analysis. The reduction of words to monosyllables, the
loss of inflectional expedients, and the use of separate
auxiliaries, pronouns, prepositions, etc., made considera-
ble progress in the long dark period before the Norman
Conquest. This latter event intensified the change of
method. The forced mingling of two modes of speech,
each already tending to analysis, and each with but little
literary cultivation, could not but have an important effect.



The synthetic forms rapidly decreased, and there finally
issued a language of elementary structure, largely mono-
syllabic, almost devoid of inflection, and to some extent
displaying a reversion to the root-stage of human speech.

Such is the English of to-day, — the most complete out-
come of linguistic anatysis yet reached, the highest stage
attained in the long pathway of verbal evolution. At first
glance it seems to have moved backward instead of for-
ward. It has approached the Chinese in its loss of inflec-
tion, its monosyllabilism, and its partial replacement of
the grammatical by the syntactical arrangement of the
sentence. Yet this is no real reversion. Our pride in
the richness of Aryan speech as compared with the poverty
and imperfection of the Chinese is apt to blind us to the
fact that the Chinese system has features of decided value.
Similar features have been gained by English speech,
while none of the actual advantages of inflection have been
lost. In the English we perceive a decided advance
toward that simplicity of conditions which marks all
highest results. Nearly every inflectional expedient which
could be spared, or be replaced by an analytic expedient,
has been cast off. The inflection of nouns has almost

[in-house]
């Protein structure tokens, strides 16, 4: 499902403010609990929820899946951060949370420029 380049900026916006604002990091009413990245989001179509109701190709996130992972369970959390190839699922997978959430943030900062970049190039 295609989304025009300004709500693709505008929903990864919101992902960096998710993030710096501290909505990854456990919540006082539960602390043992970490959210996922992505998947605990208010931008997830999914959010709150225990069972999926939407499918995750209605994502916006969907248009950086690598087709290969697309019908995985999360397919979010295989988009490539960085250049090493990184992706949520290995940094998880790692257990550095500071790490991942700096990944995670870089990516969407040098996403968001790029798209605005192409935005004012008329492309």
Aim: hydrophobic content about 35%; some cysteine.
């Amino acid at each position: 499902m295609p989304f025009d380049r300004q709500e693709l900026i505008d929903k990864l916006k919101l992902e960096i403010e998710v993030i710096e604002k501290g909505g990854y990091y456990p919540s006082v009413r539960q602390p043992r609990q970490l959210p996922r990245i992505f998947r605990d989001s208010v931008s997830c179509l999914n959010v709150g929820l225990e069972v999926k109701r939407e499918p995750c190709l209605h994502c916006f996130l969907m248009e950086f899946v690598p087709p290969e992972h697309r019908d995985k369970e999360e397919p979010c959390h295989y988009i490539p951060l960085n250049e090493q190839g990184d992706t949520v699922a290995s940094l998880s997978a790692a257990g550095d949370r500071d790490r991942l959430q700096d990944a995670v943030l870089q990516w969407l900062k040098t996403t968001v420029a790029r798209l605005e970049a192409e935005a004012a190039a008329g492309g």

vanished. That of adjectives has quite disappeared.
Only in the pronouns does inflection partly hold its own.
The inflectional conjugation of verbs is reduced to a mere
shadow of its former self. The utterly useless gender-
distinctions which yet encumber the languages of Con-
tinental Europe have absolutely vanished.

Nearly all these incubi of language have been got rid of
in English, which has moved out of the shadow of the past
more fully than any other living tongue. It has in great
measure discarded what was valueless, and kept what was


valuable in inflectional speech, adopting an analytic expe-
dient wherever available, though freely using the principle
of synthetic combination of words where the latter yielded
any advantage. It stands in the forefront of linguistic
development, possessed of the best of the old and the
new, having certain links of affinity with every cultivated
type of language that exists, rid of all useless and cum-
bersome forms, yet possessed of a flexibility, a mingled
softness and vigor of tone, a richness of vocabulary, and a
power of expressing delicate shades of thought, in which
it is surpassed by none, and equalled by few of existing

With a brief comparison of the different Aryan lan-
guages this chapter may close. Of all these the Sanscrit
of the Vedas is regarded as the most primitive form, the
one nearest the original Aryan, as the Vedas themselves
are the most ancient record of Aryan thought. It has
preserved many archaic forms which are lost elsewhere,
and without its aid our knowledge of the ancient conditions
of Aryan life would be much reduced. Its syntax is com-
paratively simple, the dominant ancient method of word-
composition taking its place. Its grammatical forms are
very full and complete ; yet in the modern Hindu dialects
the usual reversal of this condition appears. These dia-
lects are marked by an active analytical tendency.

The language of the Zend A vesta of the Persians has
strong marks of affinity to the Vedic dialect. In some
respects it is more archaic; yet as a whole it is younger
in form, the A vestas being of more recent production than
the Pig Veda. In modem Persian, however, the analytic